The Housecleaning Holiday

Welcome to the only holiday that is celebrated by cleaning house!  Imbolc or Oimelc, February 1st or 2nd, means ewe’s milk and refers to lambing season, a first harbinger of spring. It is one of the lesser-known cross-quarter holidays on the Wheel of the Year. In addition to Groundhog Day or Candlemas, it survived as the feast of the purification of the virgin (Mary) after the birth of her son 40 days earlier and also as a day sacred to St. Bridget or Brigid. Bridget is actually the great Goddess in her maiden phase, converted to a Christian saint. The corn maiden from the previous harvest is brought out in her honor as a virgin once again, ready to encounter her beloved in the mating rituals of spring.

The purification part of this holiday was known in pre-feminist times as spring house cleaning. In ancient time among the Irish Celts, Imbolc cleaning consisted of removing the Yule greenery from the home and burning it, cleaning up fields and home, and relighting the hearth fire as well as burning old Bridget wheels and making new ones Most of us have already taken down the tree and put away the decorations from Christmas by February 1st, but if you haven’t, you can use Imbolc as the excuse for delaying it till now.  After Imbolc, you are at risk of being a lazy pagan if you don’t deal with the winter holiday residue.

Imbolc is an indoor time. It’s cold and still pretty dark, but it is the waxing period of light and warmth following the winter solstice. It represents a final stage of wintry inwardness before the crocuses and daffodils invite us to look outward again. Housebound, we have to find our spiritual practice within that space. It is the late stage of the hibernating season as we prepare for the cycle of life to begin again.

Spiritual practice has enjoyed something of a resurgence in recent decades.  A spiritual practice is anything that is centering, mindful, focusing, and connects you to the sacred in a very inclusive sense.  Practicing patience with difficult people is a spiritual practice.  Listening attentively is a spiritual practice.  Eating mindfully is a spiritual practice. Meditation and prayer are traditional spiritual practices in many religious traditions.  But there is also a form of spiritual practice that invests the ordinary activities of daily life with significance in the way carry them out.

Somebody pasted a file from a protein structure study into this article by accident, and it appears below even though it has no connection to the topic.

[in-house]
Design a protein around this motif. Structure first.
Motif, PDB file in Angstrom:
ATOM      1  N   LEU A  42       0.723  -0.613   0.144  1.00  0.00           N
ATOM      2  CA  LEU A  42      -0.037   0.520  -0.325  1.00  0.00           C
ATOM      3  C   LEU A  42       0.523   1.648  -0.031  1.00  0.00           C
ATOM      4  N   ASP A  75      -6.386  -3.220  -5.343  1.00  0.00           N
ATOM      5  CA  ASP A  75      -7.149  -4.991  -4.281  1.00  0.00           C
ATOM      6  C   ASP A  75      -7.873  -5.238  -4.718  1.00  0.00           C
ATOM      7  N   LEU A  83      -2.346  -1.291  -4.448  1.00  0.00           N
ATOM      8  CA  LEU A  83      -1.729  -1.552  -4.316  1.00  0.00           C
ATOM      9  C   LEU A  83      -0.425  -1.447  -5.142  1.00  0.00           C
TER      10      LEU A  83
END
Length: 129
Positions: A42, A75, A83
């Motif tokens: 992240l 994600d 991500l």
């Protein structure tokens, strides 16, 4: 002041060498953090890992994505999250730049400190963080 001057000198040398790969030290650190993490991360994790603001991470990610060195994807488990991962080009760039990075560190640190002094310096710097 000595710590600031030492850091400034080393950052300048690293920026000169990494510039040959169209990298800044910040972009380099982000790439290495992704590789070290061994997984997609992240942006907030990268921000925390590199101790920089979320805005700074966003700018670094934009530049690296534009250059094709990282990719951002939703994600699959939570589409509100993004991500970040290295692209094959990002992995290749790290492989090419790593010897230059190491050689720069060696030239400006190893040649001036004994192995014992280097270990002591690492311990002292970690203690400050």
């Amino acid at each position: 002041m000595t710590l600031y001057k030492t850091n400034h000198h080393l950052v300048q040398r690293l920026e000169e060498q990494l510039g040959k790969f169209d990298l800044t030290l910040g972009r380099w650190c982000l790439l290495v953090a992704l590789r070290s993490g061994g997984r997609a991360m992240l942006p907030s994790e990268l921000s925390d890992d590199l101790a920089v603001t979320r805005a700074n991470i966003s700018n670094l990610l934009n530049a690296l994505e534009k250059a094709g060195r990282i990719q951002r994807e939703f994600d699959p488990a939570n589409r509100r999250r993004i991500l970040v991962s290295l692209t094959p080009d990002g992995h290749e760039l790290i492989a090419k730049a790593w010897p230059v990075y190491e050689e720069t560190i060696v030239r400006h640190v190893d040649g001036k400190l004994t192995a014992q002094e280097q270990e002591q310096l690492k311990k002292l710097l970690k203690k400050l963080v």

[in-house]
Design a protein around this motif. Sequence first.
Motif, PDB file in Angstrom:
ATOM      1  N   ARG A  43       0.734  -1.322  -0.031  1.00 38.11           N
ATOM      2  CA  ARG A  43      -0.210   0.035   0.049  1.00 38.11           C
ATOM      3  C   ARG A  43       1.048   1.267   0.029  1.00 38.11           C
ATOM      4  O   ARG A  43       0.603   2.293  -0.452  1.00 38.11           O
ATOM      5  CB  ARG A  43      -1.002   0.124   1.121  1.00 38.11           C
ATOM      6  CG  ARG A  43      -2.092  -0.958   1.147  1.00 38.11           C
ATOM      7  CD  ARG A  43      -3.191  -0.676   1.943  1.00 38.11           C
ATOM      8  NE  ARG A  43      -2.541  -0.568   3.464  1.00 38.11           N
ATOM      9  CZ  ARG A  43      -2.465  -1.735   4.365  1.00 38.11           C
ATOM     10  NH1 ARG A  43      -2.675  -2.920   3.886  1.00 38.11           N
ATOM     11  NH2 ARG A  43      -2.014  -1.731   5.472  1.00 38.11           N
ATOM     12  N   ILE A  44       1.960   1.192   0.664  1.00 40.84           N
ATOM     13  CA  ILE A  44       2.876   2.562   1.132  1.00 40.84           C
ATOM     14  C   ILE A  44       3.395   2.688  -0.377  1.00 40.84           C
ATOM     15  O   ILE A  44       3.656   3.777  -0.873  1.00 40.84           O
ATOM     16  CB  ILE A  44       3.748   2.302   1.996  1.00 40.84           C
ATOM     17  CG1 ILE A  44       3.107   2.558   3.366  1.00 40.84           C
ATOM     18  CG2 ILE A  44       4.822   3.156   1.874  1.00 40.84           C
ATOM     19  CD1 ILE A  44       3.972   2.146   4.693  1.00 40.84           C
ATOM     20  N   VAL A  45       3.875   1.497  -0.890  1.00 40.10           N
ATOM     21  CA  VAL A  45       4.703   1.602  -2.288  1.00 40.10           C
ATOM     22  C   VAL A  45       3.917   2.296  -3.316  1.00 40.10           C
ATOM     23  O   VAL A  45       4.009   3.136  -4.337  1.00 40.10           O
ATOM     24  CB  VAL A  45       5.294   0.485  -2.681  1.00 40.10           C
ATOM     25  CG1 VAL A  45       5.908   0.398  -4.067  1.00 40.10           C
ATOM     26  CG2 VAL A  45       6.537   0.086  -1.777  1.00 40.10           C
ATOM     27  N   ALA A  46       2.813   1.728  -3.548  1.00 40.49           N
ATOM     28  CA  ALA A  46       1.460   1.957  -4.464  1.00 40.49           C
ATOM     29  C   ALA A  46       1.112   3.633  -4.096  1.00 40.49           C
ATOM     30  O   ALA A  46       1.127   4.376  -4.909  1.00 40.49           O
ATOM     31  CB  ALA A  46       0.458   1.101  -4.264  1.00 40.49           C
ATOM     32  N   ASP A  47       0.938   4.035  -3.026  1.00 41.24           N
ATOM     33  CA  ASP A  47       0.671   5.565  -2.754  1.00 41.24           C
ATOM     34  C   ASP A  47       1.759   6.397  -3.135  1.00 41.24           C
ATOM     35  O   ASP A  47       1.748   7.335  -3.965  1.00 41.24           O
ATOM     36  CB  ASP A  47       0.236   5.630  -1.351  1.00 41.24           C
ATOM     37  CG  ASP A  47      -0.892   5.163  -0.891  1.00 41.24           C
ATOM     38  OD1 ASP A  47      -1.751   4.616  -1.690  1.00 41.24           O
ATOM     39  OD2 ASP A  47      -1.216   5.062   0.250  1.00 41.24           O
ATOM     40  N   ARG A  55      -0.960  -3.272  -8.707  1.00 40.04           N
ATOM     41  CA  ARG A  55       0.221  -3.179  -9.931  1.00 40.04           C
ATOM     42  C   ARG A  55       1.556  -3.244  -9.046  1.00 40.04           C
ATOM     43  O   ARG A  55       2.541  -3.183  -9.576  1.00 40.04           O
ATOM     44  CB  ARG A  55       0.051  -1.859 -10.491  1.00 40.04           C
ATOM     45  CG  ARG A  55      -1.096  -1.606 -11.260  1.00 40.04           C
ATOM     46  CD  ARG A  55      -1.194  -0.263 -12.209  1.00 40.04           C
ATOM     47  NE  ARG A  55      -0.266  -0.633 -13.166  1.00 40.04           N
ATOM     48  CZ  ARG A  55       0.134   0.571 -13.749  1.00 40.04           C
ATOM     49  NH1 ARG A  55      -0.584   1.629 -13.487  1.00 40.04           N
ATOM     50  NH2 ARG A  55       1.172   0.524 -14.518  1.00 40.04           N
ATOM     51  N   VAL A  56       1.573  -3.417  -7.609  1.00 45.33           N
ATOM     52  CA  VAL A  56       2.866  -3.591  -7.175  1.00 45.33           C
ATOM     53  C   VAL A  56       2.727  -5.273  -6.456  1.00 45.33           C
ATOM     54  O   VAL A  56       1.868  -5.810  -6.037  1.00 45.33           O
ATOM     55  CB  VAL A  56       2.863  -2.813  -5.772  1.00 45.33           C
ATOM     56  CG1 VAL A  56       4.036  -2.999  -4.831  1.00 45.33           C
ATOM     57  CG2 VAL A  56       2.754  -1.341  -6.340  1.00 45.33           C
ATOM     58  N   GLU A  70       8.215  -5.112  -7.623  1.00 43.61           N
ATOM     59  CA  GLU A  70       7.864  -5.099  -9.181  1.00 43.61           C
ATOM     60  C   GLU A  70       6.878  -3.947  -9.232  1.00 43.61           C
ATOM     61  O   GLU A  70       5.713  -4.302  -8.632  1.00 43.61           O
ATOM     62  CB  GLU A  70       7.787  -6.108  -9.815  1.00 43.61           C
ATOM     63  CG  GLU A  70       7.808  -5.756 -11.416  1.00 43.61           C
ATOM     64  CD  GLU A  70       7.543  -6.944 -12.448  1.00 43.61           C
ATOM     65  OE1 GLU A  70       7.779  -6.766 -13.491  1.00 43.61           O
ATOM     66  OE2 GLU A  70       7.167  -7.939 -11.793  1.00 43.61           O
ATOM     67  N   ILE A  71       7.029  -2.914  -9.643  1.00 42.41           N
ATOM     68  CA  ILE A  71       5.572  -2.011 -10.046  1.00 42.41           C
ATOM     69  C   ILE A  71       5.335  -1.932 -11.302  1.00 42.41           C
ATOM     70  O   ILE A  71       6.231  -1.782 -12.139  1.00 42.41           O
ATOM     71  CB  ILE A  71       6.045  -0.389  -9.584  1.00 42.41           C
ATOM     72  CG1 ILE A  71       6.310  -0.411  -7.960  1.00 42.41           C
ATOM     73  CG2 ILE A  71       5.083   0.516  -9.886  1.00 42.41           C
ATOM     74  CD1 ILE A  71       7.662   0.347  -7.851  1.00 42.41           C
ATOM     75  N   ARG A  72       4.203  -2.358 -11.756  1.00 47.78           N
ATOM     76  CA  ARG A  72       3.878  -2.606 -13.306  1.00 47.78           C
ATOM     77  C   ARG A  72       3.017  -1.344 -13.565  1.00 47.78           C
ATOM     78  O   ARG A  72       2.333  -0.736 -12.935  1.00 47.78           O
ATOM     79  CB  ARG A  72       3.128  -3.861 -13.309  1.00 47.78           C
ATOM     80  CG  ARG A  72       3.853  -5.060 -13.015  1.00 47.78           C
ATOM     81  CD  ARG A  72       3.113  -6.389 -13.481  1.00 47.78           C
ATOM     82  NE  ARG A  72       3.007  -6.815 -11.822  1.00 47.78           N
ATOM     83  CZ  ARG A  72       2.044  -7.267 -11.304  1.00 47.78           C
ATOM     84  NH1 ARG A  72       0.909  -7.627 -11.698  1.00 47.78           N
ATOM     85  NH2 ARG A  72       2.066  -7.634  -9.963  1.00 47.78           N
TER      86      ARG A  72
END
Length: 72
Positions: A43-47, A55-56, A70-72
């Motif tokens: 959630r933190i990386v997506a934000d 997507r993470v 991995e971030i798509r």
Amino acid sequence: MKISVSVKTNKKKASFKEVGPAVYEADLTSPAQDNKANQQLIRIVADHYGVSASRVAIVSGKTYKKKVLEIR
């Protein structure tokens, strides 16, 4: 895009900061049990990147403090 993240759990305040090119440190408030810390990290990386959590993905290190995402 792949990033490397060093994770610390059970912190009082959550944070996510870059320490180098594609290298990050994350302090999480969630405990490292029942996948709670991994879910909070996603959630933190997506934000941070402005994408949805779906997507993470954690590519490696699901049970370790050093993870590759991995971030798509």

The essence of spring housecleaning as spiritual practice blends several Christian and Buddhist ideas.  One is humility; no task is too menial that we are above it, as in Jesus washing his disciples’ feet. The second is mindfulness, to be engaged in the moment, to calm the monkey mind, to focus all our attention on the window being washed or the floor being swept. The third is letting go of attachment to possessions as an encumbrance on our spiritual life, passing them on to another use or another user. The spiritual practice of spring housecleaning can incorporate all three.

Housecleaning means two different things.  One is the emphasis on clean, as in wash windows, polish furniture, remove cobwebs, paint, scrub floors, clean woodwork, dust the books. That’s both the humble and the mindful part.  In the words of one contemporary Buddhist writer, “after enlightenment, the laundry.” The other kind of housecleaning is to declutter, simplify, recycle, let go of possessions no longer needed, like the greens from Yul in the Celtic tradition.  That’s the letting go part. 

For many years my Lenten practice, for the forty days that begin sometime after Imbolc and stretch to the floating holiday of Easter, has been to wash a window every day.  Then I moved to a smaller house, which taxed my ingenuity to find forty windows.  I included car windows, TV and computer screens, mirrors.  Friends helpfully offered their windows, but I did not wish to discourage their own spiritual practice.   There is something very satisfying, very symbolic in letting the light of the returning spring shine through a clean window, but it means more when it’s my window. 

A friend described a similar cleaning ritual, only she does it all on New Year’s Day.  She takes each of her many books down one at a time off the shelf, dusts it (and the shelf), and decides whether it stays or goes.  If books are a rich and meaningful part of your life, revisiting these old friends and deciding what role they still may play in your life and which ones should be shared with others  is definitely a spiritual practice.  This particular ritual embodies both humility (dusting). mindfulness (concentrated attention on the books and the memories and teachings they hold), and letting go (books to be passed on).